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Strategic transformation and organizational change: Multiple case studies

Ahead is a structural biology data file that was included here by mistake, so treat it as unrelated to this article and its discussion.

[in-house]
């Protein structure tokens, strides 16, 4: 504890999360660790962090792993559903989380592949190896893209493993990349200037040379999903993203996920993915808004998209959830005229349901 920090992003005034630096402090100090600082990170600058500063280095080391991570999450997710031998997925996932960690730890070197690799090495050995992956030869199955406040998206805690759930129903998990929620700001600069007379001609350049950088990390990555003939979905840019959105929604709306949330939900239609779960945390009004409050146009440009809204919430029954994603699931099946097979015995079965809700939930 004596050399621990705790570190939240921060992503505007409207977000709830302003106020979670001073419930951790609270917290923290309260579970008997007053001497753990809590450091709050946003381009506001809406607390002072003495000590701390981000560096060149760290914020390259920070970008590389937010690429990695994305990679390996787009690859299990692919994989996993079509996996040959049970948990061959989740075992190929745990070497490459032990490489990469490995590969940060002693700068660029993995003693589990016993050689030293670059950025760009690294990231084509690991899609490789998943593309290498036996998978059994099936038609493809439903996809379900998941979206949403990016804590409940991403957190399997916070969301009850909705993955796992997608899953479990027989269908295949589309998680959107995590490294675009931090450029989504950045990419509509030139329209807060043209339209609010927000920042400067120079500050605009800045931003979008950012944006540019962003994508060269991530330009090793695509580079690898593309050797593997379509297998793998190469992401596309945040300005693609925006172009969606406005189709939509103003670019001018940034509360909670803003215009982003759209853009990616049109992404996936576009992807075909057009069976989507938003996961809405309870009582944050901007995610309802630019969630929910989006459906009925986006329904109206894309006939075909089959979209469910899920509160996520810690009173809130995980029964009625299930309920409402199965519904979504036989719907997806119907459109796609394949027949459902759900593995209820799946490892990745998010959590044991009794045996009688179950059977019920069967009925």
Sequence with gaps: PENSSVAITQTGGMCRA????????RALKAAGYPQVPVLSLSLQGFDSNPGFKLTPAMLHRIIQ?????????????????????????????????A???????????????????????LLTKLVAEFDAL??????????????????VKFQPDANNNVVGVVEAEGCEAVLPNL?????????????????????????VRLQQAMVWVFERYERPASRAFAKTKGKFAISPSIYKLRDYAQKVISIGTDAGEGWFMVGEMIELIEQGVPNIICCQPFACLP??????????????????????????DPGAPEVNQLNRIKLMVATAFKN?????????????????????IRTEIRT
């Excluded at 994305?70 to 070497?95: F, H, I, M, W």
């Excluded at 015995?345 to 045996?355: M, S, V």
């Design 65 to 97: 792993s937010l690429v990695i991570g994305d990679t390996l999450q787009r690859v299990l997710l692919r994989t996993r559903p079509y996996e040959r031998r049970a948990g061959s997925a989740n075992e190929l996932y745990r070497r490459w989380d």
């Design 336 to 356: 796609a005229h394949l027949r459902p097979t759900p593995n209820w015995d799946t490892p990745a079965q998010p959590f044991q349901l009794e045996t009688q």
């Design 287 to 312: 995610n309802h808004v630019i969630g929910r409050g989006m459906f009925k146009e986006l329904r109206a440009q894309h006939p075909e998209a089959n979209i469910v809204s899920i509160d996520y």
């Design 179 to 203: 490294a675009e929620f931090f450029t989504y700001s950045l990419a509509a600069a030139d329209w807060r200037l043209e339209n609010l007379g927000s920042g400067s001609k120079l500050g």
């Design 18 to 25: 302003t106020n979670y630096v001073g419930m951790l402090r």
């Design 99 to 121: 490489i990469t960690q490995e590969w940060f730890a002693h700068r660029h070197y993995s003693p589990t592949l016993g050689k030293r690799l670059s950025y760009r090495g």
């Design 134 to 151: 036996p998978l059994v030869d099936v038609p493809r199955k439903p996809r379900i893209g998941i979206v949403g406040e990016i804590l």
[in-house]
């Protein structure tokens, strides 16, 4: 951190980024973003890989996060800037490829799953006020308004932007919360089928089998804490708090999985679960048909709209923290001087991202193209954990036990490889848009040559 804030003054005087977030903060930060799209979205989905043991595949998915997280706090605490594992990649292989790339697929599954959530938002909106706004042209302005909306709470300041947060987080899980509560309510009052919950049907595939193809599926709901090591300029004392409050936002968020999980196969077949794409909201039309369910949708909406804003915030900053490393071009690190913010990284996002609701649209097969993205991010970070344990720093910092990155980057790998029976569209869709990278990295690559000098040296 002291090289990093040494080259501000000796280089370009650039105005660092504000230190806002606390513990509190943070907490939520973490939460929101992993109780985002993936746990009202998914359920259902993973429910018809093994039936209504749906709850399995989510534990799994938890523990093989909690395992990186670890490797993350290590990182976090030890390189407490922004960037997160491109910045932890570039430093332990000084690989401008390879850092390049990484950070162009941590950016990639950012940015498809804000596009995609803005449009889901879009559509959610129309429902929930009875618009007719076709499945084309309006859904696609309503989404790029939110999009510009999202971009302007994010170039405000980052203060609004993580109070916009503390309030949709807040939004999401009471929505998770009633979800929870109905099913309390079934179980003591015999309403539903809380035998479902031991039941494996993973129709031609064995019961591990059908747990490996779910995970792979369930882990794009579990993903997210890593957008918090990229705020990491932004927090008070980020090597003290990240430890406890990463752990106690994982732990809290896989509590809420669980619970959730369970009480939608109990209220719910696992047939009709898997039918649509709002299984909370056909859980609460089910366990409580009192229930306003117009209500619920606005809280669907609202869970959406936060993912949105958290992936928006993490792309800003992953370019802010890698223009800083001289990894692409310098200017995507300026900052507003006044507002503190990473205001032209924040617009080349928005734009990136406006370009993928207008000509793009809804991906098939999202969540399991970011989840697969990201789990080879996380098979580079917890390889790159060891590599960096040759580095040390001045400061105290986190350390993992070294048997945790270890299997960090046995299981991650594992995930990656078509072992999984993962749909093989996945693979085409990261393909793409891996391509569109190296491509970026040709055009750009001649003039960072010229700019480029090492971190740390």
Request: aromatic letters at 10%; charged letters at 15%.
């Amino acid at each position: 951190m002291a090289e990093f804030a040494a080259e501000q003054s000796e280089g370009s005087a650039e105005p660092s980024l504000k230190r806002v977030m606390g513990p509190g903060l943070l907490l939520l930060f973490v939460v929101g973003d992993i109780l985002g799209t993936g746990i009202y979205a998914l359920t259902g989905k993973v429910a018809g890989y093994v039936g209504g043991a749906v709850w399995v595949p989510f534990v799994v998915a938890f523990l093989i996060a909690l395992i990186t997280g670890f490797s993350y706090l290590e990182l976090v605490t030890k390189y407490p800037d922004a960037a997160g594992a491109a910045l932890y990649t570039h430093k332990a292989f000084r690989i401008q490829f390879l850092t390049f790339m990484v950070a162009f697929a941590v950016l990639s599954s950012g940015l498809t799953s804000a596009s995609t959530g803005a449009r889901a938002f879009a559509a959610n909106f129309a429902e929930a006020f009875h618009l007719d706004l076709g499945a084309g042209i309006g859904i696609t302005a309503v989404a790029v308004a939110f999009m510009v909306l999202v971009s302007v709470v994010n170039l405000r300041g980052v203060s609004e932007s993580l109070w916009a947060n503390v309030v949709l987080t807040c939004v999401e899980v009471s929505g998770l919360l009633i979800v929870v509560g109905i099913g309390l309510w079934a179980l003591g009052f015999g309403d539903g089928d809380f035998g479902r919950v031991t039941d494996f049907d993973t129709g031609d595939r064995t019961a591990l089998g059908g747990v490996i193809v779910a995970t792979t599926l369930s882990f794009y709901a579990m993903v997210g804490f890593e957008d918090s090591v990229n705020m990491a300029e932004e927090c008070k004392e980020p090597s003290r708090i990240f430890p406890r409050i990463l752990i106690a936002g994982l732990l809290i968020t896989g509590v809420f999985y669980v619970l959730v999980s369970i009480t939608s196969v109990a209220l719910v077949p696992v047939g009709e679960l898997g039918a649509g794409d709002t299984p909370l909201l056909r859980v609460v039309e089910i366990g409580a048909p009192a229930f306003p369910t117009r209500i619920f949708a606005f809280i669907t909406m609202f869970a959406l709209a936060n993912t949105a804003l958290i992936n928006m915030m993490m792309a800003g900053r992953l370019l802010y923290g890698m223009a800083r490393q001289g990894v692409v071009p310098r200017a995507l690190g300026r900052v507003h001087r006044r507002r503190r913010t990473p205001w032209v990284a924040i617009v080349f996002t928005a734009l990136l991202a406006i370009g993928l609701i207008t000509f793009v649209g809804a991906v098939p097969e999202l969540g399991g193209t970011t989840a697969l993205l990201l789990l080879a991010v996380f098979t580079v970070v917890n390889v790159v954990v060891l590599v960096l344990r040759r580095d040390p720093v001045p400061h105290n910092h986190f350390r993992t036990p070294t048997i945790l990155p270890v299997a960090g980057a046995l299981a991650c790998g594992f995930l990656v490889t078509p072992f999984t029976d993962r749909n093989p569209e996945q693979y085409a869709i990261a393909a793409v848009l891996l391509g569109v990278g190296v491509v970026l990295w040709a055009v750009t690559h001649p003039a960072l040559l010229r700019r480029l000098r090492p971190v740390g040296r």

Enterprise transformation is common and usually caused by the need for an enterprise to survive in the marketplace or future industry demands that require such a transformation strategy. To ensure the improvement of an enterprise’s overall health and reduce its deficiencies in the market, organizational change is essential. Organizational change is multifaceted. It encompasses the important elements of not only a primary objective but also overall market competition, internal and external environment, and an enterprise’s competitiveness and level of expertise. Moreover, enterprises are situated in a unique cultural context and market environment, and they face a unique set of threats. Therefore, methods for organizational change must be tailored to the specific circumstances of a company. Therefore, when an enterprise is undergoes organizational change, judgments cannot be made solely on basis of the experience of the leader. In addition to knowing the expected outcome and reasons for organizational change, organizations must know themselves and their competition, understand their current advantages and disadvantages, and be aware of the improvements required as well as, for example, the psychological effects of new policies on personnel. These factors must first be clarified to enable the leader to make correct judgments. This paper examines the organizational change of two companies with an analysis of the management matrix employed to understand crucial points during an organizational change. The finding indicate that enterprises undergoing transformation often focus exploring the external environmental factors and target value despite successful organizational change being reliant on a few key elements relating to the management and employees, including procedural changes, corporate knowledge, psychology, and emotion. The impacts and negative effects of organizational changes on a business can be minimized if the leader emphasizes the six major management elements at each management level, clarifies the needs of each level, and designs a mechanism according to these elements to guide and assist staff members in the change of behavior, which achieve high satisfaction in and enhance organizational identification by members of all levels, along the process of change. Such practices enable a business to undergo pain-free transformation and fulfil the objectives of its organizational change smoothly.
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